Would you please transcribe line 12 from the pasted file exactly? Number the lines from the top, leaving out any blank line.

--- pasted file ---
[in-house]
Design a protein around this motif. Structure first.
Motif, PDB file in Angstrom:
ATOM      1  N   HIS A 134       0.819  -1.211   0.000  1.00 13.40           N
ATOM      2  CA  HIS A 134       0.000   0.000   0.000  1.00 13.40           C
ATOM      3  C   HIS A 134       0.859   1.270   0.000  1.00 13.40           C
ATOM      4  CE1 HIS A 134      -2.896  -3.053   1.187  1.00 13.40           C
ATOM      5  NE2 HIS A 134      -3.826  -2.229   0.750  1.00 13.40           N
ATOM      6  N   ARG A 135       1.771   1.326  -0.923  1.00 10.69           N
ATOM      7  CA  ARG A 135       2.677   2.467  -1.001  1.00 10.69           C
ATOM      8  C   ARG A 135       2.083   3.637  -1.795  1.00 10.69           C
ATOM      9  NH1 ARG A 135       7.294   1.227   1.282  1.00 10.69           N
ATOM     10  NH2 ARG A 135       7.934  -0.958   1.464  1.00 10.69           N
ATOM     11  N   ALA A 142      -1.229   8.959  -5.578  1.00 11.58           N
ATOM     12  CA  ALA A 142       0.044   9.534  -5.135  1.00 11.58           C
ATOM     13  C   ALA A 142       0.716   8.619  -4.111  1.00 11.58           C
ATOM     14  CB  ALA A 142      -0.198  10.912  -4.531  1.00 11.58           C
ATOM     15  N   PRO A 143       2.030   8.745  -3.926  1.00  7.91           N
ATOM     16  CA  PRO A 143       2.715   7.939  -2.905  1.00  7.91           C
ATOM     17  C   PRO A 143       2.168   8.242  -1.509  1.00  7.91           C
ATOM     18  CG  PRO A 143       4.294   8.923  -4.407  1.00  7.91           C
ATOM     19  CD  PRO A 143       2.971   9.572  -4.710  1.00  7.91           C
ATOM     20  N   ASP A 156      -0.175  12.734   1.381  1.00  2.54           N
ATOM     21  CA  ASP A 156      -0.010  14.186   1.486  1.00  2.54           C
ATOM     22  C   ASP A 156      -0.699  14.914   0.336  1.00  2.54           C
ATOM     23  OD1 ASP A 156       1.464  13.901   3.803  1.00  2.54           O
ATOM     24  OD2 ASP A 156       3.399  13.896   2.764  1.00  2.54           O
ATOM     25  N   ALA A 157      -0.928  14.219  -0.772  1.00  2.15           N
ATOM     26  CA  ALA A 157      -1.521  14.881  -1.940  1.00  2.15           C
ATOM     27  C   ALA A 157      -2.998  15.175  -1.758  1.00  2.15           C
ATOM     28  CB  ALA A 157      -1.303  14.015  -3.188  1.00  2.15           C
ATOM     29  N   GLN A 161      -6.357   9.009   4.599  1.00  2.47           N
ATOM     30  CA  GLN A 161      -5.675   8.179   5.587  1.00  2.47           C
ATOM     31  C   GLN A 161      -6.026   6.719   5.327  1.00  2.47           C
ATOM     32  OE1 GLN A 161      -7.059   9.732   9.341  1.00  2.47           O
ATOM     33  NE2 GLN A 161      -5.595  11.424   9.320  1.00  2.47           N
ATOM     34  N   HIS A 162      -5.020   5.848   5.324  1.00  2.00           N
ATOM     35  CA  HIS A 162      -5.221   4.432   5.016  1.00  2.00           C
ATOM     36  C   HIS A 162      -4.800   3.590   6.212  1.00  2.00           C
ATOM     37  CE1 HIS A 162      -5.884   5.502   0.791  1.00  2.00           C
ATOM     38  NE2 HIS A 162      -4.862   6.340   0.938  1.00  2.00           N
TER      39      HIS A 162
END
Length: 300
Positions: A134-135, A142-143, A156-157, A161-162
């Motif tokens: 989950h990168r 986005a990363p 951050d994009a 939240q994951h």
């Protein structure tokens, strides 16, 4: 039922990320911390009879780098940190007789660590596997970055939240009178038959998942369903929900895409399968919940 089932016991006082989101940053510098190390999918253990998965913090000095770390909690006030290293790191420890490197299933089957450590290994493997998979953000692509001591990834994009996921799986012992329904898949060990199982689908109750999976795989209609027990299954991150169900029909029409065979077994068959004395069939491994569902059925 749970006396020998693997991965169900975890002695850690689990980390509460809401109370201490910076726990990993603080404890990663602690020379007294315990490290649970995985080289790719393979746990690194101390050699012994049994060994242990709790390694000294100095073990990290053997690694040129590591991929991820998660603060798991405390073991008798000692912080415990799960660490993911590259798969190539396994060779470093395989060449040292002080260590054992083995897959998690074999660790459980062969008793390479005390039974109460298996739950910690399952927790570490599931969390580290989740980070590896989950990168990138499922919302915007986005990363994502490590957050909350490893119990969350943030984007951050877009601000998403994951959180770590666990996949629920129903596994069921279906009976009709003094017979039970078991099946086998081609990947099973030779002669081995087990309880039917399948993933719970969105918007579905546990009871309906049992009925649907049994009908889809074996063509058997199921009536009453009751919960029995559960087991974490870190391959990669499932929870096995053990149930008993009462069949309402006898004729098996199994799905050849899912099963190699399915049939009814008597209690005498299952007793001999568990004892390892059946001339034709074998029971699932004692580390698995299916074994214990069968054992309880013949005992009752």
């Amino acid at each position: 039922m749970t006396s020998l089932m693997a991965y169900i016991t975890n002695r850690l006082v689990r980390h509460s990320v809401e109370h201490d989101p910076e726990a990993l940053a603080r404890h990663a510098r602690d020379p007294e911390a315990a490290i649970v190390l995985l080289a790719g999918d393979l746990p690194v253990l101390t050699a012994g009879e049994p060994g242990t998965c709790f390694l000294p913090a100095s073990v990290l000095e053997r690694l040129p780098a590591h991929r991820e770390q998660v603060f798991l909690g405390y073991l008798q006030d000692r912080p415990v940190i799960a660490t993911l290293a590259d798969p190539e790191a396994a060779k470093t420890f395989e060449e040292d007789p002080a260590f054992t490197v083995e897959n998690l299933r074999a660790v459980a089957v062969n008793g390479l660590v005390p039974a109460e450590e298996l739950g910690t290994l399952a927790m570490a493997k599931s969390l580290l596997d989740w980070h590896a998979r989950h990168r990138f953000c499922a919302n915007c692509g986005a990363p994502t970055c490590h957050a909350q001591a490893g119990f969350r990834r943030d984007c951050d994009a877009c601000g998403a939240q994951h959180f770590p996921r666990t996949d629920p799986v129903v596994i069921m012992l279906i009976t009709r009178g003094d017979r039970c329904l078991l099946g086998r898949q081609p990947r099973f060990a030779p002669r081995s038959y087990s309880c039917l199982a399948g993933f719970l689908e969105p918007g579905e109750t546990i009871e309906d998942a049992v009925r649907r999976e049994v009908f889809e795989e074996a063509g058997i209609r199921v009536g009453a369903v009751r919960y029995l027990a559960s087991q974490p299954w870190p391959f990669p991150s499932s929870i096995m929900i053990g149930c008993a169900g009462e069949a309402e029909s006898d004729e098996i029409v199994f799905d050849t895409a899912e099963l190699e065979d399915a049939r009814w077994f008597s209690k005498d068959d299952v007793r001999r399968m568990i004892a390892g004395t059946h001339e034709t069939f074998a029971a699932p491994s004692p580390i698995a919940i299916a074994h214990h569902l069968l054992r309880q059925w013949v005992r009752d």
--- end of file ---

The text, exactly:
ATOM      9  NH1 ARG A 135       7.294   1.227   1.282  1.00 10.69           N